their men, and equally exposed with them. Those wounded refused all assistance, ordering their men to return to the ranks and do their duty.
I desire to call your particular attention to Major Philbrick and Adjutant Hooper. They were with me during the entire engagement in the thickest of the fight, receiving and executing my orders with great coolness and promptitude.
I herewith append a list of the casualties in the late engagement.
Officers killed: Captain C. S. Simonds, Captain J. Saunders, First Lieutenant R. Derby, First Lieutenant William Berry, First Lieutenant F. S. Corbin. Officers wounded: Captain W. Forehand, slight; Captain G. C. Joslin, severe; Captain A. Bartlett, slight; First Lieutenant Thomas J. Spurr, severe; First Lieutenant L. H. Ellingwood, severe; Second Lieutenant W. Gale, slight; Second Lieutenant A. J. Bradley, slight. Enlisted men killed, 60; wounded, 238; missing, 38. Officers killed and wounded, 12. Enlisted men killed, wounded, and missing, 336. Total, 348.
I have the honor to be, very respectfully, your obedient servant,
JOHN W. KIMBALL,
Captain J. GORMAN,
Numbers 63. Report of Colonel Alfred Sully, First Minnesota Infantry, of the battle of Antietam.
HEADQUARTERS FIRST MINNESOTA VOLUNTEERS,
Camp near Sharpsburg, Md., September 20, 1862.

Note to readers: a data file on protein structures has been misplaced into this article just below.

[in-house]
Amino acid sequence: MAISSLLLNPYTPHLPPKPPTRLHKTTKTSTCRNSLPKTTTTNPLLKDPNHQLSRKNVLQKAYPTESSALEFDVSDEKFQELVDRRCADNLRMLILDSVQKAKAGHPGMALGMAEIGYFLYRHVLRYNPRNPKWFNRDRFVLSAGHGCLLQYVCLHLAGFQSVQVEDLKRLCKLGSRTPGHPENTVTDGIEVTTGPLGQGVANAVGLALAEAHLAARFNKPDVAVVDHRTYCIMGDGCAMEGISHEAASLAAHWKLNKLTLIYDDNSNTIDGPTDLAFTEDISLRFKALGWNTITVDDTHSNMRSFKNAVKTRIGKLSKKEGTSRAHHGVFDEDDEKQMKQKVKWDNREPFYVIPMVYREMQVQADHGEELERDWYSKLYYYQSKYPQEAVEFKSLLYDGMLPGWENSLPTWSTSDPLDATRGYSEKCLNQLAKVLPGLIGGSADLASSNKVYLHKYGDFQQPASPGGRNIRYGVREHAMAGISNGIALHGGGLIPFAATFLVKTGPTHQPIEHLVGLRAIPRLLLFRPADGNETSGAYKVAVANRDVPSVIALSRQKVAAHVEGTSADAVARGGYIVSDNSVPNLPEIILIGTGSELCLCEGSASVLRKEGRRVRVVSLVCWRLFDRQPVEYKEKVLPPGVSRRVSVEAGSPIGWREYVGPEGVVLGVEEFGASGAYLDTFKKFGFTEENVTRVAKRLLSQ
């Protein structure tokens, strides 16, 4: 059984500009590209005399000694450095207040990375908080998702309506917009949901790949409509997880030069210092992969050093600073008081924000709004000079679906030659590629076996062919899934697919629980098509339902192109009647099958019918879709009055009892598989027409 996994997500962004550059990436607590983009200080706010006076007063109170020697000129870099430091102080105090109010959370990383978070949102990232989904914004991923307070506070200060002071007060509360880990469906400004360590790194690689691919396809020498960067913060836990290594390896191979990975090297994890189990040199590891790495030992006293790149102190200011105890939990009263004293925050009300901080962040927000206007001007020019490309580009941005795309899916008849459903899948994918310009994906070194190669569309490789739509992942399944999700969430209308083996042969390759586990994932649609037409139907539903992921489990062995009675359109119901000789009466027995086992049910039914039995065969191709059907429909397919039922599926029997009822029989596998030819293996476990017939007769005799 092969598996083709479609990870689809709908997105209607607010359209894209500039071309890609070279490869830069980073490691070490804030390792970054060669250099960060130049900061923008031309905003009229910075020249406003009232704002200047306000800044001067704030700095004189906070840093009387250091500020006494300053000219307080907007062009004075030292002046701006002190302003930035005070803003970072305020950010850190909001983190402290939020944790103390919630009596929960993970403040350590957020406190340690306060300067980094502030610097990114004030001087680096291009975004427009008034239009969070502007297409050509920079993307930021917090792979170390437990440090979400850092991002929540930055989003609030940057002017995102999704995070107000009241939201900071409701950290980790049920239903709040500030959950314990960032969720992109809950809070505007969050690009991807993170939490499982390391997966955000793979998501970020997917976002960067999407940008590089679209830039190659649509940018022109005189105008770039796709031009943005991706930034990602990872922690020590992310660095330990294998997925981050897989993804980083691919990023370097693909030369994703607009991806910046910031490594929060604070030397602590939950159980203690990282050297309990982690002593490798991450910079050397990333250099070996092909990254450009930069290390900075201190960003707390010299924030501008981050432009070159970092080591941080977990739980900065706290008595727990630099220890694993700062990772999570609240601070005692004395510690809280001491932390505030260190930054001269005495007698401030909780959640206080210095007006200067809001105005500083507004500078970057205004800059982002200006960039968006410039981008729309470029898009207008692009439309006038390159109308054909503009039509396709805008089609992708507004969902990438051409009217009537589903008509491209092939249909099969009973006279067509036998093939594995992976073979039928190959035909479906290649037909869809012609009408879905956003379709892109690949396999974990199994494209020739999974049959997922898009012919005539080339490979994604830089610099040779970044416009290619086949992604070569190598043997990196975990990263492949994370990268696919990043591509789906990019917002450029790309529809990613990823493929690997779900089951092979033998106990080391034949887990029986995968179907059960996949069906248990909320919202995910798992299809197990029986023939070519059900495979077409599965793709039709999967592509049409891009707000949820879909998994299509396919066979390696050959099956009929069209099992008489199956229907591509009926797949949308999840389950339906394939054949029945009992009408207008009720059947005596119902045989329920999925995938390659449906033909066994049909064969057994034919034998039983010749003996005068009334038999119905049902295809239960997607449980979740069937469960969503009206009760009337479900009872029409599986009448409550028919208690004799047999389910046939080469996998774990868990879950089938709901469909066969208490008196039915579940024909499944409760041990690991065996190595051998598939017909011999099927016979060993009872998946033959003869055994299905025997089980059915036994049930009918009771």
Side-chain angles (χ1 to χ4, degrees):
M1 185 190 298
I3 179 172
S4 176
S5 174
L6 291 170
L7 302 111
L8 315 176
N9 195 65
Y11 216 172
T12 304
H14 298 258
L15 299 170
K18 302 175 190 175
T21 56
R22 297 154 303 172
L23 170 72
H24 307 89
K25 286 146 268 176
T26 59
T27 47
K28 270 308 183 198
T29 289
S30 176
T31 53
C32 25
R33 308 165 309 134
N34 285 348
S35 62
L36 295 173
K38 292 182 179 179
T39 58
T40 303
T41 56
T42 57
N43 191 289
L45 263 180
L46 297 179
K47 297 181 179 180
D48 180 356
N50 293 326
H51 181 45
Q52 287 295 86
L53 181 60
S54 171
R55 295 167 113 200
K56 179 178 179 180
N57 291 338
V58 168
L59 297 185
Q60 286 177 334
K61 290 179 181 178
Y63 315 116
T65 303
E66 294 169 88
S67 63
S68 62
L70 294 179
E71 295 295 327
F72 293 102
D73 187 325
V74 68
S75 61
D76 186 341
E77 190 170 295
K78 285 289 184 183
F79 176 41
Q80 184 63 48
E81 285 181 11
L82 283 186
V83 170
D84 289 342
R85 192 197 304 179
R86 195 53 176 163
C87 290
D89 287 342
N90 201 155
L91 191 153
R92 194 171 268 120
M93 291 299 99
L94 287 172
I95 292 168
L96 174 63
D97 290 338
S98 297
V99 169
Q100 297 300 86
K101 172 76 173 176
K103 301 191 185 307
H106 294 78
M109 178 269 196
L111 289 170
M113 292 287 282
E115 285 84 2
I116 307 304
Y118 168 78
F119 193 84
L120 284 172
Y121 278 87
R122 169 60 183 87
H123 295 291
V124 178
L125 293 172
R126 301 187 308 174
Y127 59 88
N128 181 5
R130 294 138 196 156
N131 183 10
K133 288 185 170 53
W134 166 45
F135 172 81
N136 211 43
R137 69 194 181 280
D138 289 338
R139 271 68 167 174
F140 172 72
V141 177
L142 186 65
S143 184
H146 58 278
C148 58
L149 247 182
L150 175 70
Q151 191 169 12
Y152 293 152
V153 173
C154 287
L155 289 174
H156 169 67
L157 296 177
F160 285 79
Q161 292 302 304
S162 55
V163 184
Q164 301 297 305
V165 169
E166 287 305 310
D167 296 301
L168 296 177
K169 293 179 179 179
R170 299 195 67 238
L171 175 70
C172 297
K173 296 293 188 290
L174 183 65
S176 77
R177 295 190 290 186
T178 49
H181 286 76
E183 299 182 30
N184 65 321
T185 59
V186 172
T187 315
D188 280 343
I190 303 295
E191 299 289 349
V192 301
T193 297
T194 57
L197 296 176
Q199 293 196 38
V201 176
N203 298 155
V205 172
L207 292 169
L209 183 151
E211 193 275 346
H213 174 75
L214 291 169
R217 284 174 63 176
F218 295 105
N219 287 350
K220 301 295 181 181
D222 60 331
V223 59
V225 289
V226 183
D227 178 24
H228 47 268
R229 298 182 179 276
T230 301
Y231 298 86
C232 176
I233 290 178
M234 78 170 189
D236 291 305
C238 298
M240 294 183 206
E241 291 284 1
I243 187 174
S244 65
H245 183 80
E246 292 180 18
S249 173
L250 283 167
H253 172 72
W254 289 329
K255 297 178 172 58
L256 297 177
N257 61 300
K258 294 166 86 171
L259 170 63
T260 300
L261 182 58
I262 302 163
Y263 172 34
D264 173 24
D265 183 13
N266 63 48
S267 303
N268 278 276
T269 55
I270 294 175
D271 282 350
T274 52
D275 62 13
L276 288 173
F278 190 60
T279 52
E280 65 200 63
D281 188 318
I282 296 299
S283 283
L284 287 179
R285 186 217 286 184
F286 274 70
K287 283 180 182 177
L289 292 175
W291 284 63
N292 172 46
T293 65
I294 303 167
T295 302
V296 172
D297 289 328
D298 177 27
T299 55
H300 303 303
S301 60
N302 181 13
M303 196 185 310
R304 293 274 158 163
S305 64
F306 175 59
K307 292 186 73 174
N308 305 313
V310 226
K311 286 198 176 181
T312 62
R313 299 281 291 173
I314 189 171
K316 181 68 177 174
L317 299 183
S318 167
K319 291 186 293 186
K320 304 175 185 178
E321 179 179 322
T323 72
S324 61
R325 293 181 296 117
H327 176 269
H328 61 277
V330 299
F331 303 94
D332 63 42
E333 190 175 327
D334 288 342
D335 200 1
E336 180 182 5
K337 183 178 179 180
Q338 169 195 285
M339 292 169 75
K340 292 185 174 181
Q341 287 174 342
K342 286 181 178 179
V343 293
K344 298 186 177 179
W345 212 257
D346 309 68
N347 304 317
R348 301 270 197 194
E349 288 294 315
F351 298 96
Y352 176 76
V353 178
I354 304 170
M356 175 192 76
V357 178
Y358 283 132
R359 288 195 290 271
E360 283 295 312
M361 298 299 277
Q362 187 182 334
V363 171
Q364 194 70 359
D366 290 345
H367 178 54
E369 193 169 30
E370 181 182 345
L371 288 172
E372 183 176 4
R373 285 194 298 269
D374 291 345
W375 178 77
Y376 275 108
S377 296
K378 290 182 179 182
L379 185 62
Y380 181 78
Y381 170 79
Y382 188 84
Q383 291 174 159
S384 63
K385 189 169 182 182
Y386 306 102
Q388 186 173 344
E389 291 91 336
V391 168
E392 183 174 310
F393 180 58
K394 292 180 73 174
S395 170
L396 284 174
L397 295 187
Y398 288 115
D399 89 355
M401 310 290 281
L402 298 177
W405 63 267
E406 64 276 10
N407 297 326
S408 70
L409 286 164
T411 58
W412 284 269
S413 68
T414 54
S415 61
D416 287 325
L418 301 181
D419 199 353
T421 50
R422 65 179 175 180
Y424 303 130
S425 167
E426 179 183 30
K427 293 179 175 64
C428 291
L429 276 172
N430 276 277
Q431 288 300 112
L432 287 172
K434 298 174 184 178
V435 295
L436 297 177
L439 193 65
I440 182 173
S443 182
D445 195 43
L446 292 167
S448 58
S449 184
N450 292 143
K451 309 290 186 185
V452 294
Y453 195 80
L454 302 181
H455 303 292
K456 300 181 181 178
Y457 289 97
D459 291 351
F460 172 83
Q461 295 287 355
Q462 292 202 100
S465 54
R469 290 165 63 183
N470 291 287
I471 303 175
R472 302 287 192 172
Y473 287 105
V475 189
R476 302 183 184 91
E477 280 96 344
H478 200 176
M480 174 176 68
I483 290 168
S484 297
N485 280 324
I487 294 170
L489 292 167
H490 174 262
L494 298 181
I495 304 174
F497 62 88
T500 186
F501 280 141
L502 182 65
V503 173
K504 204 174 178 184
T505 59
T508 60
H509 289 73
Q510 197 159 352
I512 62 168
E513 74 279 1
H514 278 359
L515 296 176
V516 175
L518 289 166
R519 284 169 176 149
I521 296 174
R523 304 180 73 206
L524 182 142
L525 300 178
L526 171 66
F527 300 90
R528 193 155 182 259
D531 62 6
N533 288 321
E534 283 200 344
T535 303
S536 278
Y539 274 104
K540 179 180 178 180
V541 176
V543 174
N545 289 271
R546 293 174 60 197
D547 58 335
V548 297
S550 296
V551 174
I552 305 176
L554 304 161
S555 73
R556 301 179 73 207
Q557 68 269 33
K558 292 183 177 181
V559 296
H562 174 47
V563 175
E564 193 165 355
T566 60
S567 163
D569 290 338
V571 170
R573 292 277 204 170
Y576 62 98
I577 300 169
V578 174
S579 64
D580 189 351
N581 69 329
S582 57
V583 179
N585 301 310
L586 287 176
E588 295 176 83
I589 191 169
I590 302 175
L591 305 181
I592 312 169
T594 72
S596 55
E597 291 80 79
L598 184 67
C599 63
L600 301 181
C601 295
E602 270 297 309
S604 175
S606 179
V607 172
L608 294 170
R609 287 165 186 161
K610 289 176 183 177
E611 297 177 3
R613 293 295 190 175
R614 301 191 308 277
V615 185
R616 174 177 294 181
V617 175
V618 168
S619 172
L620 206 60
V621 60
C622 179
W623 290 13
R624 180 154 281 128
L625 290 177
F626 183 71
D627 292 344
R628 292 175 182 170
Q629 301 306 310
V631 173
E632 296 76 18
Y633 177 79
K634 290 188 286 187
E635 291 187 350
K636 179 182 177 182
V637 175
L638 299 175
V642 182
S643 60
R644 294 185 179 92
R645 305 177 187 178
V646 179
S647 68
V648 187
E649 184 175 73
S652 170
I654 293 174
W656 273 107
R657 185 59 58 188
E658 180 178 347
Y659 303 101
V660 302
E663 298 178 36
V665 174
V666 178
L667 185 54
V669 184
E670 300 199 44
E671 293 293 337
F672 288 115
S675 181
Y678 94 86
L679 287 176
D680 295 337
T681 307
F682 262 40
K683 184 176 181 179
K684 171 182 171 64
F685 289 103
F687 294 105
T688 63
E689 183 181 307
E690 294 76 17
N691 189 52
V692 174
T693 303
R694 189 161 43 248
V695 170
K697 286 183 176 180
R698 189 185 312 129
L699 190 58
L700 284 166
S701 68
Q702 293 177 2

CAPTAIN: I have the honor to make the following report of the part the regiment took in the action of the 17th instant:
We marched out of camp, the regiment on the right of the brigade. After crossing the creek and gaining the high ground on the opposite side, we were formed on the right of the front line of battle, under a very severe artillery fire from the enemy, and advanced under this fire over several fields, the distance of about three-quarters of a mile, into a woods close to the enemy and in front of our line of battle. Here we were posted behind a rail fence. The enemy soon appeared in force on the left of the brigade, opened a very severe fire of musketry on us, while some of their artillery in front of us also opened on us. Our loss here was very heavy, yet the men bravely held their position, and did not leave it until after the two brigades in rear had fallen back and the left regiments were moving, when they received the order to retire. Retiring in line of battle, we again halted outside the woods, to hold the enemy in check while the rest were retiring. Here the Eighty-second New York with their colonel and colors reported to me, and formed on my right. The Nineteenth Massachusetts also reported, and formed on my left. We were soon again engaged with the enemy, but, seeing that the enemy were turning my right, I ordered the line to fall back in line of battle. The regiment here also suffered greatly in killed and wounded. We again made a stand near some farm-house for a short time, and there took up a strong position about 100 yards back, behind a stone fence, when a section of artillery was sent to assist us. We kept the enemy in check till they brought a battery of artillery on our flank, which compelled me to order the regiments back to join our line of battle.